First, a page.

This autumn moth the Merveille du Jour is one of my favourites. Its name derives from the French meaning Wonder of the Day.
The adult moth flies in September and October and often feeds on ivy flowers and fallen fruit.
Its distinct colours and patterning enable it to lie hidden during the day on lichen covered trees.
The caterpillars feed in the spring on newly emerged oak tree flowers.
This is a Nationally Scarce A species of moth which means it lives in less than 100 ten kilometre squares in the UK. I have trapped the male of the species several times before but have never seen a female – I have two in the trap the other night.
The female has four spots on her wings (one is hidden under a wing)
Here is a close up
Here is the male for comparison – no spots!
A couple of striking moths in the trap this morning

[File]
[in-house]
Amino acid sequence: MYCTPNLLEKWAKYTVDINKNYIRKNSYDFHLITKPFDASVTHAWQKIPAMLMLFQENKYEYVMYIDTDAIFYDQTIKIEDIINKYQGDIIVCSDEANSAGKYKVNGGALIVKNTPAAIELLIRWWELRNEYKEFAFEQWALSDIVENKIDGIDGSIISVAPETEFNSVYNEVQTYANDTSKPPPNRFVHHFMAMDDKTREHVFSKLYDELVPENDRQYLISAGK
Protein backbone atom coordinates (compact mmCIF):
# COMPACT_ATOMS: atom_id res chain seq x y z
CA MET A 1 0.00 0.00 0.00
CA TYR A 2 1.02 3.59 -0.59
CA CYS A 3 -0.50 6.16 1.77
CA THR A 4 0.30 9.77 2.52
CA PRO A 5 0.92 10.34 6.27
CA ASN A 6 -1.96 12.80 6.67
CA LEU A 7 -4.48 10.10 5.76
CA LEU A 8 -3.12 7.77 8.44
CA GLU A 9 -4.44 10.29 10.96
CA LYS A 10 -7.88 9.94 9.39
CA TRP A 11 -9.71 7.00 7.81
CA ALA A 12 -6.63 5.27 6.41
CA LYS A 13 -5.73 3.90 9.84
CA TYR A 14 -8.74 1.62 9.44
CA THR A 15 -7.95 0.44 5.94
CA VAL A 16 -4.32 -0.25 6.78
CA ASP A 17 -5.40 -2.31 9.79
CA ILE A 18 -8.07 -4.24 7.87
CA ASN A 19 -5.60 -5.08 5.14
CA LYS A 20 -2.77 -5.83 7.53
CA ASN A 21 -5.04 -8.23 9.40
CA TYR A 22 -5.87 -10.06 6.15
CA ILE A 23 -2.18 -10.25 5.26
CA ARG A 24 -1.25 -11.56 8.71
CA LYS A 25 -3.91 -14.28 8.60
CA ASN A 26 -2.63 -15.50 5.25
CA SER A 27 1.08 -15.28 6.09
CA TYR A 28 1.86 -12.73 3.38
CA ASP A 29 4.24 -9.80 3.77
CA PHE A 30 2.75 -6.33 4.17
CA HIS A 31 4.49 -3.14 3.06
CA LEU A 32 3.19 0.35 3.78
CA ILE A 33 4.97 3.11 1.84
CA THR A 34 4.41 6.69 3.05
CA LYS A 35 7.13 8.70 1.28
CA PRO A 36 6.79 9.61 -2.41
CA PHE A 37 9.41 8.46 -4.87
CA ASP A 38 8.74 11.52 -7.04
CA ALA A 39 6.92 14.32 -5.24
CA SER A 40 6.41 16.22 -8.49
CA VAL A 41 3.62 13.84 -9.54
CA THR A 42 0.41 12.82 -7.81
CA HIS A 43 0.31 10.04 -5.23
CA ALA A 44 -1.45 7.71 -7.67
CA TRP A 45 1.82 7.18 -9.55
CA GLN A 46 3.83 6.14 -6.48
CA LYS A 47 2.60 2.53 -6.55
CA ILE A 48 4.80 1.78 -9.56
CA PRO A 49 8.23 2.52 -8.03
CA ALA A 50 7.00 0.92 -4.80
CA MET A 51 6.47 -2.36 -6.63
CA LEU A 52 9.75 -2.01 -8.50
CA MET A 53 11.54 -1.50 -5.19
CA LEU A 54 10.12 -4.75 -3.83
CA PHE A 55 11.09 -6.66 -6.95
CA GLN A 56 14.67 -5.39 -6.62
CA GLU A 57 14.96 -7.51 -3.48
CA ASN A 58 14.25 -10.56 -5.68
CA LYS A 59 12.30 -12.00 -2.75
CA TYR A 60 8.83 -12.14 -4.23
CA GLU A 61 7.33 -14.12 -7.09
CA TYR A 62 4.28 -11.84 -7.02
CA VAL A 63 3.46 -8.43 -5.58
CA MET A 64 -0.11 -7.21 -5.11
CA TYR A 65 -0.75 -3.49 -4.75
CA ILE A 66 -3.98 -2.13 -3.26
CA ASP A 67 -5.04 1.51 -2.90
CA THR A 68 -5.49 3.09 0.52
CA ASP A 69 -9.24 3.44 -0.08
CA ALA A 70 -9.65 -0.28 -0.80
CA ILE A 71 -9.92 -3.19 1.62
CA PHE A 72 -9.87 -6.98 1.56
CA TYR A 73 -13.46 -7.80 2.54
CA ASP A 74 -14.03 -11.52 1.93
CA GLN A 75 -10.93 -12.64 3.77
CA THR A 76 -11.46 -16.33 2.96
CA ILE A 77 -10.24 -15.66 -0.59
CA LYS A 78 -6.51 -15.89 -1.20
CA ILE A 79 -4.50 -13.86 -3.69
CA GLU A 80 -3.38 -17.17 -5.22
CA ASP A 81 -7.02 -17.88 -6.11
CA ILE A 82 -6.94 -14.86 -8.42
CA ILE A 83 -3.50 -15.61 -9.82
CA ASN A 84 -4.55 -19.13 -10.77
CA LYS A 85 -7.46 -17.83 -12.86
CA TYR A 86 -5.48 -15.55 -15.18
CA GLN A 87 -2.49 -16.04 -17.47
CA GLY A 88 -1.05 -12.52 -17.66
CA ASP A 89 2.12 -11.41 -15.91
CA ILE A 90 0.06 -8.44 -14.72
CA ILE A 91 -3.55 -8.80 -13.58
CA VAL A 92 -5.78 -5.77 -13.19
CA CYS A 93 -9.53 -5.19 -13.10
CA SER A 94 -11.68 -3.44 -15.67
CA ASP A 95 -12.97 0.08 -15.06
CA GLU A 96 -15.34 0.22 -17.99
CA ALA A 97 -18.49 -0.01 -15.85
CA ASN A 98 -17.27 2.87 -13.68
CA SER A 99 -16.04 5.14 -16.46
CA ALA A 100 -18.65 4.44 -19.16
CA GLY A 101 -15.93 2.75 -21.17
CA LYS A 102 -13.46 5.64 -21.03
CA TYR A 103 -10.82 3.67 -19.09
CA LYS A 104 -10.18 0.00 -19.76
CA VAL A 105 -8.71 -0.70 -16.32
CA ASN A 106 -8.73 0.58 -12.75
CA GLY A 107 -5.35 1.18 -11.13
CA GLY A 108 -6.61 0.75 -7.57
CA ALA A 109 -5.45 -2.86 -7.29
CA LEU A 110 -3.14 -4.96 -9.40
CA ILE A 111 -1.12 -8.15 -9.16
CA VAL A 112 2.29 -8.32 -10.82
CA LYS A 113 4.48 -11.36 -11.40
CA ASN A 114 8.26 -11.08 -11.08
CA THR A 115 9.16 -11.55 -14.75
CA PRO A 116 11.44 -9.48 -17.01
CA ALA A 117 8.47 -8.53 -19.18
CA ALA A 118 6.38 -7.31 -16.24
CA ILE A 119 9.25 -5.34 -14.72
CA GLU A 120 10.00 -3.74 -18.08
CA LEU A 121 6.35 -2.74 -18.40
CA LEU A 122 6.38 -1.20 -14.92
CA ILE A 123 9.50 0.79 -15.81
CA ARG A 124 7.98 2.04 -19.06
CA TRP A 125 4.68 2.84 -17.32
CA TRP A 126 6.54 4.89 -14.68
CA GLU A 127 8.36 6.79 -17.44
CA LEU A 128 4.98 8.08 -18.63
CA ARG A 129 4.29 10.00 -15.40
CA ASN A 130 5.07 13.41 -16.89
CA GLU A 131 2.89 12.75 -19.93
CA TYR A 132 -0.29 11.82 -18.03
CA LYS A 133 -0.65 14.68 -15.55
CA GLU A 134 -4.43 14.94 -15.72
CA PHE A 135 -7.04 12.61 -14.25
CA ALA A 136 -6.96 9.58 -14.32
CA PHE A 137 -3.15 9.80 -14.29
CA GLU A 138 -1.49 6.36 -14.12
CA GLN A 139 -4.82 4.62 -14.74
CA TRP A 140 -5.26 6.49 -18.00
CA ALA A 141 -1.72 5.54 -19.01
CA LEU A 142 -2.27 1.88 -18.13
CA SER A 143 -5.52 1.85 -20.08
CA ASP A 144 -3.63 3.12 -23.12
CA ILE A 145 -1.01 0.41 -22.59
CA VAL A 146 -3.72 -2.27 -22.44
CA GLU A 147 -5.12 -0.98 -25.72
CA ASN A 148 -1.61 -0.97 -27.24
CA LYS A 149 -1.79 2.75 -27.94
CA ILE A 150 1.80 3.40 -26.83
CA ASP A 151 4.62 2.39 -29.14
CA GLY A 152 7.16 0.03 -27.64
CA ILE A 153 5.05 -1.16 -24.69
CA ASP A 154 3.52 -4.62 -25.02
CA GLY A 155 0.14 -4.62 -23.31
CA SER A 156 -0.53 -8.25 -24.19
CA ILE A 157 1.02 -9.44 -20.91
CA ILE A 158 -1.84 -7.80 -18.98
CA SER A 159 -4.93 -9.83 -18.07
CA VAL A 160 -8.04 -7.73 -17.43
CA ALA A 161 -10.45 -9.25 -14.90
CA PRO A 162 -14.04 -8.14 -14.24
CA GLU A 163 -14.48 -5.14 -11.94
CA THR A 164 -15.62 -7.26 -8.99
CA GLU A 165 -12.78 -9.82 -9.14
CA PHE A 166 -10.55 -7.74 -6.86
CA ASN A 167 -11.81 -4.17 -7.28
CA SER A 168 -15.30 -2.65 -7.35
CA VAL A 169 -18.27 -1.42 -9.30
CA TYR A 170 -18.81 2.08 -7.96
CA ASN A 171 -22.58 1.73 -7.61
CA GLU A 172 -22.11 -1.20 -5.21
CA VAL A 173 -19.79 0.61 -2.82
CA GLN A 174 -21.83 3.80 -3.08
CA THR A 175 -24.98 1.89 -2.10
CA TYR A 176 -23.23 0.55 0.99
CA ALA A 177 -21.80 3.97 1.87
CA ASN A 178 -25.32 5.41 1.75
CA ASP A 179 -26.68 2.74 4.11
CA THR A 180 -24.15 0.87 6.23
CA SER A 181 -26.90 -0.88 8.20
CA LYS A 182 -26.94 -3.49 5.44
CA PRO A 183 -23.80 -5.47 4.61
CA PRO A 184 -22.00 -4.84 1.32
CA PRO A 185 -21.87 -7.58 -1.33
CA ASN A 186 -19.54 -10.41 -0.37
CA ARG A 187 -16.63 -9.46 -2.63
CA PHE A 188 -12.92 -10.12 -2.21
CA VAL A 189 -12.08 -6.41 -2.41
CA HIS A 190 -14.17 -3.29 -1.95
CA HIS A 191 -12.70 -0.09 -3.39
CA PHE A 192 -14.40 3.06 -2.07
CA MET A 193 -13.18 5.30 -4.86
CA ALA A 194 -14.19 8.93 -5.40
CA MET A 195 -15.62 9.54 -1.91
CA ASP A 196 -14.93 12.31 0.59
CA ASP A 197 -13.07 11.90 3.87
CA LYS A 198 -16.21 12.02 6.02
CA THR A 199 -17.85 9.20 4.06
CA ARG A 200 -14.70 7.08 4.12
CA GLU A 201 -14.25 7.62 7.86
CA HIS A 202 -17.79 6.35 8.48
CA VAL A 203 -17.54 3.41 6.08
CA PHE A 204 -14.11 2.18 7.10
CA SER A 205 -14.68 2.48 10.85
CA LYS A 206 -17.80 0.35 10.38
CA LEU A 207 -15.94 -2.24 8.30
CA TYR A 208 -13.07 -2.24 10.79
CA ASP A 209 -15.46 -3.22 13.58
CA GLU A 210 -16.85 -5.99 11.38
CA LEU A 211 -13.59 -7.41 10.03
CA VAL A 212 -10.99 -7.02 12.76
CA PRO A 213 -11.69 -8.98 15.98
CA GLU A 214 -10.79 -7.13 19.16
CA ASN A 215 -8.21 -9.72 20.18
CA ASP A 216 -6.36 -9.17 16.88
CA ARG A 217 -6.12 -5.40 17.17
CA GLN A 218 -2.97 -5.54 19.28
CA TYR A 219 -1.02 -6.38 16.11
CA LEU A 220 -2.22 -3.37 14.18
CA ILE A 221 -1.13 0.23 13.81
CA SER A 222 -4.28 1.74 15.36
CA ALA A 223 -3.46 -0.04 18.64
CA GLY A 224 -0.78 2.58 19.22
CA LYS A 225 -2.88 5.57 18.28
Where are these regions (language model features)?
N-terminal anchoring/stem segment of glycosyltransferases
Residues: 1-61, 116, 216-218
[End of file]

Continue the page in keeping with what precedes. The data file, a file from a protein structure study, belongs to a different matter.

This is a Four-spotted Footman – it is a male, the females have the spots. It is a rare moth, designated as a Nationally Notable A, it is reasonably well distributed in the south west and I record it in my garden most years. Its larvae feed on lichens.
This pretty moth is Black Arches – a local species residing in the south of the UK. Its caterpillars feed on oaks.
Lovely Gothic moth in the trap this morning
A local moth. Its caterpillars feed on a variety of shrubs and herbaceous plants including common comfrey
I had a Tawny-barred Angle in my trap the other night
A species associated with conifer plantations as the caterpillars feed on the needles of Scots Pine and Norway Spruce. Although I can’t see any conifers from my garden there must be one somewhere near!
I found a Small Angles Shades in the trap a couple of days ago – a new species for me.
Although I’ve never seen one before it is a common species across the UK. Its caterpillars feed on a wide variety of plants but it appear to favour bracken which is unusual.
Following on from yesterday’s blog about the Beautiful Golden Y, today the trap contained a closely related species – the Burnished Brass, so called because of its shiny ‘metallic’ scales.
It is a common species throughout the UK and its caterpillars feed predominantly on nettles.
Burnish means to polish metal